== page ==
“It appears that the sand and gravel that's in the bottom of the sinkhole breaks up a large gas bubble into many small bubbles just like an aquarium,” Hecox continued, “That is a good thing. Because if you get a single bubble up and have an ignition source you can have a flash over.”
A flash over is an explosion, like the kind you can see if you leave the gas on too long before lighting a propane grill. But Hecox said a large natural gas bubble from the sinkhole lit by any ignition source could mean major damage on the surface.
Instead those little bubbles are coming out all around the actual sinkhole site in the form of bubble sites in the bayou. Twenty new bubble sites have been spotted in the last month.
Nine months after the first ones surfaced, Texas Brine started installing vent wells to alleviate the pressure underground.
A drive down Hwy. 70 will show you several of them burning around Bayou Corne.
“We continue to install relief wells as fast as we can and will continue to do so as they continue to be effective,” said Bruce Martin, vice president of Texas Brine.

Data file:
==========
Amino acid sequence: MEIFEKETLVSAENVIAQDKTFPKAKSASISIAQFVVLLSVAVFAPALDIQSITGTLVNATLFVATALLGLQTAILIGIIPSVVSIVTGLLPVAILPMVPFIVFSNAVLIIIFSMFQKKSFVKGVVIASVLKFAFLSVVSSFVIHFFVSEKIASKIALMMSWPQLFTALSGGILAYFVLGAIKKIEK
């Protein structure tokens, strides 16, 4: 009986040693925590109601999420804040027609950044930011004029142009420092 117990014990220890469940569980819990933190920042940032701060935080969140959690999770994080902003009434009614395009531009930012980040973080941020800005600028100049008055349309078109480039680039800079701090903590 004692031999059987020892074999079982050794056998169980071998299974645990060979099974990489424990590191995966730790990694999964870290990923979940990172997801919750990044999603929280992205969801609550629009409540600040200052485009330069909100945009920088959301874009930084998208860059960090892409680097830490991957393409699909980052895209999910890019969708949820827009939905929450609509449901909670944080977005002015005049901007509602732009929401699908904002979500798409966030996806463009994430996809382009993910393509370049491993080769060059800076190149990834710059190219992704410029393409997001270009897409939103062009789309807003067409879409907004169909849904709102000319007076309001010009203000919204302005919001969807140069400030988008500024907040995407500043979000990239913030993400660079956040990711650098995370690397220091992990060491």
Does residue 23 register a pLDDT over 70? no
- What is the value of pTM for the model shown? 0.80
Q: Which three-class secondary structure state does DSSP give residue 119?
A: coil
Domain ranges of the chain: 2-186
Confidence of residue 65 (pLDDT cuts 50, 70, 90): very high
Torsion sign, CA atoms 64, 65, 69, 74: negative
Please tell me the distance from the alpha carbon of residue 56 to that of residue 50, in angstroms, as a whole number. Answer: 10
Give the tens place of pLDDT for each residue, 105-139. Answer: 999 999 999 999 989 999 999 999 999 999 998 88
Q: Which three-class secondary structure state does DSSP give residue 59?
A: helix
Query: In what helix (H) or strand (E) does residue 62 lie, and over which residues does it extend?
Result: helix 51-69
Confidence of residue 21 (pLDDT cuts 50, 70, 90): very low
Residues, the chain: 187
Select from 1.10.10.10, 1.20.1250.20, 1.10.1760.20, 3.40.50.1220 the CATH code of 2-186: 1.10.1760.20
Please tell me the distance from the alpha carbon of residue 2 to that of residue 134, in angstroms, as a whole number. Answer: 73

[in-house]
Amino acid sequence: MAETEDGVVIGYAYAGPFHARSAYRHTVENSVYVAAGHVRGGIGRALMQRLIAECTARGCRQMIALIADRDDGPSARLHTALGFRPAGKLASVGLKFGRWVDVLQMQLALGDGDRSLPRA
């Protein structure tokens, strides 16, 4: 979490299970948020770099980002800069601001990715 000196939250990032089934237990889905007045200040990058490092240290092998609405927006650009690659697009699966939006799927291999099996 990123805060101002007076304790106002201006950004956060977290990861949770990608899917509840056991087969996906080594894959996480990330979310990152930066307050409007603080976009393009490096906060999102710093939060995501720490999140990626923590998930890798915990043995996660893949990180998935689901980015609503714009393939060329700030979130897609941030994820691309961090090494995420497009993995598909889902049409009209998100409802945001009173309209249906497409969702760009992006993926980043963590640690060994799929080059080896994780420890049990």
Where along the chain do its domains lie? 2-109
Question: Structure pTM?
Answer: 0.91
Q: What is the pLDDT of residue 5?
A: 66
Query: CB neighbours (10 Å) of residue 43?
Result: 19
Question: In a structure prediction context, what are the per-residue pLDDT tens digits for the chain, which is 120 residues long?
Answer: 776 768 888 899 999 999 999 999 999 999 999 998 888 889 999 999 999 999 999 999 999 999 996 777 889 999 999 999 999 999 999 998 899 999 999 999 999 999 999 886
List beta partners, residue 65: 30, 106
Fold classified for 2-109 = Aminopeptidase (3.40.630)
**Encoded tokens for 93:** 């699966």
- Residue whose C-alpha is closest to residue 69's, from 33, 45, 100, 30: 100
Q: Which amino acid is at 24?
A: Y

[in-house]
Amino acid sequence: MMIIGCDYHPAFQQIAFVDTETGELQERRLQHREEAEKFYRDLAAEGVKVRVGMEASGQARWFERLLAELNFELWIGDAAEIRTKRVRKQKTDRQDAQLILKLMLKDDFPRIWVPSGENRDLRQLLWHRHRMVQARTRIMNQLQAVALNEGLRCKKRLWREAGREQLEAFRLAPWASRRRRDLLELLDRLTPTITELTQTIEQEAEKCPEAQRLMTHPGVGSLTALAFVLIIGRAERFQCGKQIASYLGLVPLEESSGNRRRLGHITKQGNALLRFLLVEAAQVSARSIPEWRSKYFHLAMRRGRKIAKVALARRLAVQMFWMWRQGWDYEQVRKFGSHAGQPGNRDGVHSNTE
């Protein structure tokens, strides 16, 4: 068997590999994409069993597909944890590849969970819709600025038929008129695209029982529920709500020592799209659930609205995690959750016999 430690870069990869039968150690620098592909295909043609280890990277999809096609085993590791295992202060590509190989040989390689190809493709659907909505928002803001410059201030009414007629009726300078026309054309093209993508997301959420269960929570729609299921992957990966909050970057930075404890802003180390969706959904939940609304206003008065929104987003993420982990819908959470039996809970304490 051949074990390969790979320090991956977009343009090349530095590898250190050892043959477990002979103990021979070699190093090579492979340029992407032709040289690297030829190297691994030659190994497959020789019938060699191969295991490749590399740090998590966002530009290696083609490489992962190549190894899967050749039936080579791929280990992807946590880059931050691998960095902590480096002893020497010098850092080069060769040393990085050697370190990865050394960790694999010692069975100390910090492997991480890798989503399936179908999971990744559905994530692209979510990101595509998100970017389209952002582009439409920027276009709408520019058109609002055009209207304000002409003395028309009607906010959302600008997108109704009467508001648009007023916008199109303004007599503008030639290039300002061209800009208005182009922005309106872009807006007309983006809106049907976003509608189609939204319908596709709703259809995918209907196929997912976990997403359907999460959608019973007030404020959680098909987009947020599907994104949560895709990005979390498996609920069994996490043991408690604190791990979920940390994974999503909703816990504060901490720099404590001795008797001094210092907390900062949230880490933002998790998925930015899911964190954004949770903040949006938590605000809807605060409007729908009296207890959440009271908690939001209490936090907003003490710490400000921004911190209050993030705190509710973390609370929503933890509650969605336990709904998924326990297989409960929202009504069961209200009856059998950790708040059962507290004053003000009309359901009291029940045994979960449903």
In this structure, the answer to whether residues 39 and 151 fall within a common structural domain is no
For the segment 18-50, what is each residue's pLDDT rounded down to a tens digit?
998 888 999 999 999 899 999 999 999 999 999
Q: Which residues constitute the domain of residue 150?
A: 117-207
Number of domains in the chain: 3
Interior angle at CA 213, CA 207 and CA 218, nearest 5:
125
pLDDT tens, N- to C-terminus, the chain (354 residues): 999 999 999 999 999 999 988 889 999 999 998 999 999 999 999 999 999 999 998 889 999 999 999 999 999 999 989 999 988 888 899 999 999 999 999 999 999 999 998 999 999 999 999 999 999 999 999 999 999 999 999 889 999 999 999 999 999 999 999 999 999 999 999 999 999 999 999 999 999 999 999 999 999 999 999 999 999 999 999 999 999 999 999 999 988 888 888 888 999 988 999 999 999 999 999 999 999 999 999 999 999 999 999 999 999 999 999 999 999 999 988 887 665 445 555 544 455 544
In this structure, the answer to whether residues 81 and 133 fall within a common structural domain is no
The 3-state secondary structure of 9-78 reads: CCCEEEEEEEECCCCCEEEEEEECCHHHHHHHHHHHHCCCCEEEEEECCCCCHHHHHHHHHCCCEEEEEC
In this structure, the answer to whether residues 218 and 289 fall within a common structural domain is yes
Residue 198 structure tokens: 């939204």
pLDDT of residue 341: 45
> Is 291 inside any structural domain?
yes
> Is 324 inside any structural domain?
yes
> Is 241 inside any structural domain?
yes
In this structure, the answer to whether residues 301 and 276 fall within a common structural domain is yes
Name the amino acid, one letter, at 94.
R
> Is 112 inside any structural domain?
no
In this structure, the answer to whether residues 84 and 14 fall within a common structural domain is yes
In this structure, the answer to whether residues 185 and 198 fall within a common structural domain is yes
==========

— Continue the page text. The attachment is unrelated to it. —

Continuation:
But in recent weeks, some of the residents who stayed behind, and are living in the area at their own risk, noticed some problems that are typically invisible to the naked eye.
Bubble sites popped up in neighborhoods that are typically dry during flooding after a recent rain storm. It caused Wilma Subra, a chemist with the Louisiana Environmental Action Network, to raise a red flag with the Louisiana Department of Environmental Quality.
“A house acts like a tent. So, if it's migrating up through the soil, and it's being caught in the house, it's building up concentrations in the house. And then if it reaches explosive level, then one little spark in the house would set it off,” Subra said.